Definitions

from The American Heritage® Dictionary of the English Language, 4th Edition

  • n. A person, especially a member or follower of the Beat Generation, whose behavior, views, and often style of dress are pointedly unconventional.

from Wiktionary, Creative Commons Attribution/Share-Alike License

  • n. A person associated with the Beat Generation of the 1950s and 1960s or its style.

from the GNU version of the Collaborative International Dictionary of English

  • n. a member of the Beat Generation; a nonconformist in dress and behavior.

from WordNet 3.0 Copyright 2006 by Princeton University. All rights reserved.

  • n. a member of the beat generation; a nonconformist in dress and behavior

Etymologies

Beat (Generation) + -nik.
(American Heritage® Dictionary of the English Language, Fourth Edition)
Coined by San Francisco columnist Herb Caen in 1958. From beat (generation) + cutesy or ironic use of the Slavic -nik (Russian: -ник). This suffix experienced a surge in English coinages for nicknames and diminutives after the 1957 Soviet launch of the Sputnik satellite. Compare jazznik. (Wiktionary)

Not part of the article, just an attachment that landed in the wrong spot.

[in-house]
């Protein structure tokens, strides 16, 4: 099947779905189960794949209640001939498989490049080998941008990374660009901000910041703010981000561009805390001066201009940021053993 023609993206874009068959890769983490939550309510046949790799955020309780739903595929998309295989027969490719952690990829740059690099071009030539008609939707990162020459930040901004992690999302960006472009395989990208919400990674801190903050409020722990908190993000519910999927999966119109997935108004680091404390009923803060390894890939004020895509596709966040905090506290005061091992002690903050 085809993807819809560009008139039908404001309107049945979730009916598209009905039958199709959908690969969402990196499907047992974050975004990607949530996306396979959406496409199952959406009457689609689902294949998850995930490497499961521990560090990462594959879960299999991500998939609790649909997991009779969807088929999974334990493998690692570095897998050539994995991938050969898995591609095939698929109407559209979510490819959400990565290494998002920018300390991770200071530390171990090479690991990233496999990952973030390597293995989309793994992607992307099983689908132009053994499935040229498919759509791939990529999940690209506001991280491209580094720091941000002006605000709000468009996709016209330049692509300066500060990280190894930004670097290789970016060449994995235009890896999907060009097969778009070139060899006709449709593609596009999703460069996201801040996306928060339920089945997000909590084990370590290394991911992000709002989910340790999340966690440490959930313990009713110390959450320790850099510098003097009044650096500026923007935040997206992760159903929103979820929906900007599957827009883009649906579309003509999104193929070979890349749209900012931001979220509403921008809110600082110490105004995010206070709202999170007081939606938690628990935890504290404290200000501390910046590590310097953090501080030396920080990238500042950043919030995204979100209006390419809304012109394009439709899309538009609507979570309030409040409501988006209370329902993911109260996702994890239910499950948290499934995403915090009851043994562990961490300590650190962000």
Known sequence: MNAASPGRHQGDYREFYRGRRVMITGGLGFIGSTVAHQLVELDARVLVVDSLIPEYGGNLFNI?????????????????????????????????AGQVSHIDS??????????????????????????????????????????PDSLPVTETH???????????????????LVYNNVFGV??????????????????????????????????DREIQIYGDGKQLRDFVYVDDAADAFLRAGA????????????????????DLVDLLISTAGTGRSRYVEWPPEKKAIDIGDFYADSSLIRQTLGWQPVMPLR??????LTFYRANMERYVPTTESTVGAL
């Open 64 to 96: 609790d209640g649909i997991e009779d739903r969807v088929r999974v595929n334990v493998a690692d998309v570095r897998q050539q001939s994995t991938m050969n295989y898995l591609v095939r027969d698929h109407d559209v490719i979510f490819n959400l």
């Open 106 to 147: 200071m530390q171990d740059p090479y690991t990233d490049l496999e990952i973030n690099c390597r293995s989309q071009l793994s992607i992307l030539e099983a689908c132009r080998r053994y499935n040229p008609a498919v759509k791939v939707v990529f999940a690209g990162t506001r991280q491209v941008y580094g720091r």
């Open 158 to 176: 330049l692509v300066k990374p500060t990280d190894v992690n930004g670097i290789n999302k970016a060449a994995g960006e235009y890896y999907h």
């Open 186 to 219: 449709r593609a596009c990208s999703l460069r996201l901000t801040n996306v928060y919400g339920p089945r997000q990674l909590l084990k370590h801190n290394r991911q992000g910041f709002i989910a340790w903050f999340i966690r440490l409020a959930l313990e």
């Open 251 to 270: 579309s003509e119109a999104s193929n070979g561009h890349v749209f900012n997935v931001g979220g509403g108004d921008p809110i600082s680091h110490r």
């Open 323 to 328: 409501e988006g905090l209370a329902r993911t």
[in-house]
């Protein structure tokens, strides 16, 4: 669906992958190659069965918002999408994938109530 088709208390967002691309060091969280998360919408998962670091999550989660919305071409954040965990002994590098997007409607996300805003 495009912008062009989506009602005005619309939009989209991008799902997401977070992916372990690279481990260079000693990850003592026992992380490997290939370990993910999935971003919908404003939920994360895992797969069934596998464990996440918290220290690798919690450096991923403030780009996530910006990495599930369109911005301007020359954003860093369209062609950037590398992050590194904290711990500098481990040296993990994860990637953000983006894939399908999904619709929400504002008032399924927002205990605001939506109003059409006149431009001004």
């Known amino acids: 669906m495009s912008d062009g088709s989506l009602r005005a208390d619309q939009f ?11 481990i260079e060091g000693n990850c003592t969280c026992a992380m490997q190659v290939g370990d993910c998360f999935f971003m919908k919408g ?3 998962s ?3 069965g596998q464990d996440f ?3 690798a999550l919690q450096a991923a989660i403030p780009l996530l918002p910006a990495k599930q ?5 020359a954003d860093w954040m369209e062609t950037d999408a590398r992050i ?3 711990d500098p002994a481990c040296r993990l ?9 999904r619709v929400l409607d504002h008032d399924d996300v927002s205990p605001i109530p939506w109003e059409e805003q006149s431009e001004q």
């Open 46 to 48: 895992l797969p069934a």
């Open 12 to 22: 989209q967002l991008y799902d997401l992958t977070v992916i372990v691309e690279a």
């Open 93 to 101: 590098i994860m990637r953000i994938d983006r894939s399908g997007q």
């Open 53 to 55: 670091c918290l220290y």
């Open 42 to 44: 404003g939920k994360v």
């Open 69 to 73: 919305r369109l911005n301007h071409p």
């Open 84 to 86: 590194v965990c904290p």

Examples

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Comments

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  • Interesting, oroboros. I wasn't aware of Kerouac's devotion to Catholicism (not that I'm well-read on this subject).

    September 1, 2007

  • The "Beat" generation was the brainchild of Jack Kerouac who despised the word "beatnik" and the distortion of his ideas. Kerouac was respecting of and devoted to the Catholic religion:

    "It is because I am Beat, that is, I believe in beatitude and that God so loved the world that he gave his only begotten son to it... Who knows, but that the universe is not one vast sea of compassion actually, the veritable holy honey, beneath all this show of personality and cruelty?"

    "I went one afternoon to the church of my childhood and had a vision of what I must have really meant with "Beat"... the vision of the word Beat as being to mean beatific... People began to call themselves beatniks, beats, jazzniks, bopniks, bugniks and finally I was called the "avatar" of all this."

    --Kerouac article: "The Origins of the Beat Generation" (Playboy, June 1959).

    September 1, 2007